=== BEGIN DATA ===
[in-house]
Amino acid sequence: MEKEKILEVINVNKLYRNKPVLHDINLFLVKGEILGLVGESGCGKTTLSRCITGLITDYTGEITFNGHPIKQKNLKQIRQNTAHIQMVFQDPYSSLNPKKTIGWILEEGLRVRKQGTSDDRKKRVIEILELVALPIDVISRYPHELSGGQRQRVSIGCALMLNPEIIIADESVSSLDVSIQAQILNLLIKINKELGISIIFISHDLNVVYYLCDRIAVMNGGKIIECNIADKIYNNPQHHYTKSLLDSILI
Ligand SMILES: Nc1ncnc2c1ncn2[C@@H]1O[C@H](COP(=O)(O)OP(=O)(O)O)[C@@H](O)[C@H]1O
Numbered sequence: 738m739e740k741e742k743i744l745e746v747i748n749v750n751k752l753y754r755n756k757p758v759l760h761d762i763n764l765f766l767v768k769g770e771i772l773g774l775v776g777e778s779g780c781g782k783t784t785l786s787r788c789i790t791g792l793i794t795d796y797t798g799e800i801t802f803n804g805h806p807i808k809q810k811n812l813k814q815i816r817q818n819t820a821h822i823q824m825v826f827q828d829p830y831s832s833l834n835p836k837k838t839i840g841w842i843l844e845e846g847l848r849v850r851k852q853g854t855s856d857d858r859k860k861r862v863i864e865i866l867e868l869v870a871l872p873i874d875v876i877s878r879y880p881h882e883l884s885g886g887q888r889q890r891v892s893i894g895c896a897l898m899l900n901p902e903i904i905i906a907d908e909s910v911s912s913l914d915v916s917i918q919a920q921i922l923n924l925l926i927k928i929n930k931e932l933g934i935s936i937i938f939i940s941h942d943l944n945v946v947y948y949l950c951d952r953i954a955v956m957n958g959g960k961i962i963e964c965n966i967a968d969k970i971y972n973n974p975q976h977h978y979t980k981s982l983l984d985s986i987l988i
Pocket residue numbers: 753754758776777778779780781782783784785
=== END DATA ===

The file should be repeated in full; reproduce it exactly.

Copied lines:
[in-house]
Amino acid sequence: MEKEKILEVINVNKLYRNKPVLHDINLFLVKGEILGLVGESGCGKTTLSRCITGLITDYTGEITFNGHPIKQKNLKQIRQNTAHIQMVFQDPYSSLNPKKTIGWILEEGLRVRKQGTSDDRKKRVIEILELVALPIDVISRYPHELSGGQRQRVSIGCALMLNPEIIIADESVSSLDVSIQAQILNLLIKINKELGISIIFISHDLNVVYYLCDRIAVMNGGKIIECNIADKIYNNPQHHYTKSLLDSILI
Ligand SMILES: Nc1ncnc2c1ncn2[C@@H]1O[C@H](COP(=O)(O)OP(=O)(O)O)[C@@H](O)[C@H]1O
Numbered sequence: 738m739e740k741e742k743i744l745e746v747i748n749v750n751k752l753y754r755n756k757p758v759l760h761d762i763n764l765f766l767v768k769g770e771i772l773g774l775v776g777e778s779g780c781g782k783t784t785l786s787r788c789i790t791g792l793i794t795d796y797t798g799e800i801t802f803n804g805h806p807i808k809q810k811n812l813k814q815i816r817q818n819t820a821h822i823q824m825v826f827q828d829p830y831s832s833l834n835p836k837k838t839i840g841w842i843l844e845e846g847l848r849v850r851k852q853g854t855s856d857d858r859k860k861r862v863i864e865i866l867e868l869v870a871l872p873i874d875v876i877s878r879y880p881h882e883l884s885g886g887q888r889q890r891v892s893i894g895c896a897l898m899l900n901p902e903i904i905i906a907d908e909s910v911s912s913l914d915v916s917i918q919a920q921i922l923n924l925l926i927k928i929n930k931e932l933g934i935s936i937i938f939i940s941h942d943l944n945v946v947y948y949l950c951d952r953i954a955v956m957n958g959g960k961i962i963e964c965n966i967a968d969k970i971y972n973n974p975q976h977h978y979t980k981s982l983l984d985s986i987l988i
Pocket residue numbers: 753754758776777778779780781782783784785